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Four steps to configuring an efficient packing table

While it might seem as though configuring a packing table for use in a warehouse would be a simple procedure, there is actually quite a lot to think about. After all, not all shipping and packing warehouses are handling the same sorts of goods, so their needs are not always the same either.

Furthermore, within a single warehouse there may be several different packing stations for items of different sizes. The sort of table that will be needed at each of these stations in order to achieve maximum efficiency will also vary.

These are the steps involved in configuring packing tables that will allow you to hit your efficiency targets time and again.

Work out what is needed from the table

The first stage should be to ensure that you are completely clear in your mind about what you need from the packing table. The best way to do this is to map out an operational overview for it on paper.

The likelihood is that this overview will be made up of the same set of tasks featured in the job descriptions for your packers. Examples of the typical functions of a packing table include the following:

• Order consolidation

This will require the main worktop part of the table to have plenty of space for carrying out this process.

• Checking the line items against the packing list

This kind of administrative procedure will generally involve either written work or typing onto a computer. If it forms part of what the table will be used for, a space for a computer monitor and keyboard should be a feature of the table.

• Labelling and addressing

The packing process will always require workers to label and address goods to ensure that they are sent to the right place. Therefore, the table should have space set aside for storing pens, stamps and labels.

Work out the packaging sequence for your warehouse

Once you know exactly what the table will be used for, you should think about how the sequence of packing and shipping generally takes place in your warehouse. A flow chart outlining this sequence, which usually begins with consolidation of orders and ends with them being delivered to the dispatch area, will be a good way of establishing it clearly.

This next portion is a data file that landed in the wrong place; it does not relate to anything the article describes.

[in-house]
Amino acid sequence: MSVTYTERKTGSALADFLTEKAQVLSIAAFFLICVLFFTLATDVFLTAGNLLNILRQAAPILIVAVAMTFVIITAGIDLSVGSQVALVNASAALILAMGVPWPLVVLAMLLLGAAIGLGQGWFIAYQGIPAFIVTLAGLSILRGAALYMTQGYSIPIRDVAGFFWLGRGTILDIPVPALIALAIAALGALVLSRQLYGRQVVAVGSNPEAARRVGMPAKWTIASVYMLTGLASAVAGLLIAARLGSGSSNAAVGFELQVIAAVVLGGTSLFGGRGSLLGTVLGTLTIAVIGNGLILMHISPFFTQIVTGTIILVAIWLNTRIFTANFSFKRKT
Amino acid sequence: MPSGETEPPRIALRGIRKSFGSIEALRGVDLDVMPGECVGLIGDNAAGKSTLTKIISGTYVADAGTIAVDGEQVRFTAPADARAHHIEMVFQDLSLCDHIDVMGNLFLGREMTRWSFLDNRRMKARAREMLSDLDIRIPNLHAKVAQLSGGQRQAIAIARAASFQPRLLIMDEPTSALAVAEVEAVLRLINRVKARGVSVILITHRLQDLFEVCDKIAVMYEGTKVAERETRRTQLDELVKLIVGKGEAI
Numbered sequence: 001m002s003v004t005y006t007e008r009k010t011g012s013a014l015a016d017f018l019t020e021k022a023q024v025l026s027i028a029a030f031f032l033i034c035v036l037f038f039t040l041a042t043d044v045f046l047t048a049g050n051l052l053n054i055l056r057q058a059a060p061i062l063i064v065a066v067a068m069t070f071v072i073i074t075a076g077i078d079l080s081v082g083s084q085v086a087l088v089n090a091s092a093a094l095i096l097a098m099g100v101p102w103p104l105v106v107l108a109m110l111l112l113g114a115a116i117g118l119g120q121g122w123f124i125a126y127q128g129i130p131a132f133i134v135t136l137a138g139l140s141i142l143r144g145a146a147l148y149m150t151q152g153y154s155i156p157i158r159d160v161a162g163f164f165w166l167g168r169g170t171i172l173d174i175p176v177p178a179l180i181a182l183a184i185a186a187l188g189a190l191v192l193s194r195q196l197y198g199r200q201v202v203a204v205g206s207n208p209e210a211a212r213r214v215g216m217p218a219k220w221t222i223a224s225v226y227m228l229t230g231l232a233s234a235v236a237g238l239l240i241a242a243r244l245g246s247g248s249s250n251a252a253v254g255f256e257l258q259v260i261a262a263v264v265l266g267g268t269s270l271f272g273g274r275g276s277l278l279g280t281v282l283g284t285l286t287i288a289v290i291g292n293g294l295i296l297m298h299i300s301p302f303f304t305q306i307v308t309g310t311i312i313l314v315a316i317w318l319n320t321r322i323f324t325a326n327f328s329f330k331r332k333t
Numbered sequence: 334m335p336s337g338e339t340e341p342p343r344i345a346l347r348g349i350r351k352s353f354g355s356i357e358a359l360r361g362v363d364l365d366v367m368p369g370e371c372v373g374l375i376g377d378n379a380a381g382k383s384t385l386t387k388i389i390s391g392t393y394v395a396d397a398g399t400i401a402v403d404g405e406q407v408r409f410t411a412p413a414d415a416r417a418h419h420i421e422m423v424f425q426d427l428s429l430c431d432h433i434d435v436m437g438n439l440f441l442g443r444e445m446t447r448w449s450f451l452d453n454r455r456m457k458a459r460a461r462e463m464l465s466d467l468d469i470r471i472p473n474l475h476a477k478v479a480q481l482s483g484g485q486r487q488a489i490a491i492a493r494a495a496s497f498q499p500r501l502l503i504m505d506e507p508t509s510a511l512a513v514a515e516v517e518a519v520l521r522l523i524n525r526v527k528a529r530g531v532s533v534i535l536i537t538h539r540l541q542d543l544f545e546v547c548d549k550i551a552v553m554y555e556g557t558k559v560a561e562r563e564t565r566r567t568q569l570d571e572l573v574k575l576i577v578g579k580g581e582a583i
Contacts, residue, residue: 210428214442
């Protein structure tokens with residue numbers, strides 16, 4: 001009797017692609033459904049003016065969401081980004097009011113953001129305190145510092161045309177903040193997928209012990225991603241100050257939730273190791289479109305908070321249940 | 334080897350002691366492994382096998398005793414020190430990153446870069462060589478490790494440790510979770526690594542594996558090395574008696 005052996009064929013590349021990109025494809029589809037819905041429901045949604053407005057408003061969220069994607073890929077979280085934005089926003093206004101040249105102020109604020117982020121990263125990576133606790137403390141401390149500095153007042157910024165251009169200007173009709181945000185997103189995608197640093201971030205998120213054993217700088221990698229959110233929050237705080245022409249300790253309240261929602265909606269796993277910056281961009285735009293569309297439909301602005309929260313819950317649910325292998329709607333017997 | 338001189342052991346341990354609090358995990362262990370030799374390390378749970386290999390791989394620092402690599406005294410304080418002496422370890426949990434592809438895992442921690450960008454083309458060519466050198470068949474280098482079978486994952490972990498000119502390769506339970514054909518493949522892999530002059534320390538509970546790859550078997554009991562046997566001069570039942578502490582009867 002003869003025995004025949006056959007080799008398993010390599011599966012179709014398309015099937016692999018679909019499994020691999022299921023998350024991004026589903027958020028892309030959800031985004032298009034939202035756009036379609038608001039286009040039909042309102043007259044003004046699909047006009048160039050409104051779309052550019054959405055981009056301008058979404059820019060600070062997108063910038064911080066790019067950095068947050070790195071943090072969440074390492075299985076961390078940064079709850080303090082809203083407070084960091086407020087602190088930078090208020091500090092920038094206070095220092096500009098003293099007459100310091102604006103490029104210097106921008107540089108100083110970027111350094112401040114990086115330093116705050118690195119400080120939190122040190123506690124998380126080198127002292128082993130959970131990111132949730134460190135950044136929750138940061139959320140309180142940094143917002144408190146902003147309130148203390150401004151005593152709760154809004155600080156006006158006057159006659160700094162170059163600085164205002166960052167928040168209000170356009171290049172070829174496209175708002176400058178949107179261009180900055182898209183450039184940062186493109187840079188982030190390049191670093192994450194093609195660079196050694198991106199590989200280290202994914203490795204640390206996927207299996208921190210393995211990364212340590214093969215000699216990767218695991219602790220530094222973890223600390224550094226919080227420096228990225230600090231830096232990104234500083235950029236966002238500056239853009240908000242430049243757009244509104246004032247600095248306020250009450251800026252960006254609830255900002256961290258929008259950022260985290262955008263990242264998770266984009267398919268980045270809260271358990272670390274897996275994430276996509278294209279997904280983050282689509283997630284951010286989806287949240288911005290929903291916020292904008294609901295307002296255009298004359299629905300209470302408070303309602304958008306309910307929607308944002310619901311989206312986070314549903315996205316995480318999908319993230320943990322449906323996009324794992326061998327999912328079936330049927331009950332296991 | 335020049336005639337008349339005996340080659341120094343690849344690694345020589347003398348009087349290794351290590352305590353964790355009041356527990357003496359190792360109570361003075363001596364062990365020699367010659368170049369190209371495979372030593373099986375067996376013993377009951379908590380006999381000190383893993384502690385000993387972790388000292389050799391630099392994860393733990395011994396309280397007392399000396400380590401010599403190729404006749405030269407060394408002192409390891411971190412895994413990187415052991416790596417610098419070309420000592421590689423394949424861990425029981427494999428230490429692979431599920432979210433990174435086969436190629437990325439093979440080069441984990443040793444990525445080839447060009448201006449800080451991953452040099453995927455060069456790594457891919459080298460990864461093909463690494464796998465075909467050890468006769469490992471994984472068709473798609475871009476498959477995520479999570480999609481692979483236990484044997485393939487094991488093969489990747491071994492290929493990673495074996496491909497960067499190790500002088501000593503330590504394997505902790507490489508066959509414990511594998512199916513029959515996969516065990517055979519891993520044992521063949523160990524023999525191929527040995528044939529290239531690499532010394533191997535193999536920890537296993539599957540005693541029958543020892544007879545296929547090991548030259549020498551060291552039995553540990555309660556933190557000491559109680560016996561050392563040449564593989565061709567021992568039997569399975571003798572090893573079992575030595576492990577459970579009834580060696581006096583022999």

The reason for this is to ensure that you can configure a table that cuts back on time wasted through packing workers moving between different parts of the warehouse by making sure the table provides everything they need. It will also help you to ensure that its design is configured ergonomically to reduce the risk of worker injury.

Ideally the packing worker should be able to carry out the three main tasks – getting orders to the table, replenishing key packing supplies and sending packed items to the dispatch area – without having to move far from the table.

Make sure the table is hard wearing

A storage and dispatch warehouse is a busy place and there will be people moving large goods around a lot. That means a packing table will inevitably suffer bangs and bumps.

It will also sometimes have to cope with weighty items. Therefore, it must be made of a material that is sturdy and hard wearing if your business is to operate at maximum efficiency.

A good example of this would be a packing table made from powder coated tubular steel parts that have been welded together.

Consider a custom design

Once you know what is needed from your packing table, it will be time to start looking to buy. We offer a range of steel tables that are designed to meet a variety of warehouse packing requirements.

That includes our standard Packing Bench, an Adjustable Packing Bench that can be altered depending on the size of the items to be packed, and the Eco Table for packing smaller, more lightweight items.

Although, it may be that you would prefer to get a table that has been put together entirely according to your specifications. You can work with a dedicated design team to produce drawings.

Here are some key points that you should consider when working on this design:

• Work ergonomics into your table design
• Create separate spaces for storage so that the main surface is free for actual packing work.
• Make sure the items that will be used most often during packing are easily reachable.

The key areas that should be deployed as equipment storage spaces are above and underneath the table, as well as on either side of the main surface. If you opt to buy from a company that offers in-house design and construction, you can get help in developing an effective table design and it will then be built for you from scratch.

Here at Steely Products we provide standard and custom steel packing tables. Get in touch now.

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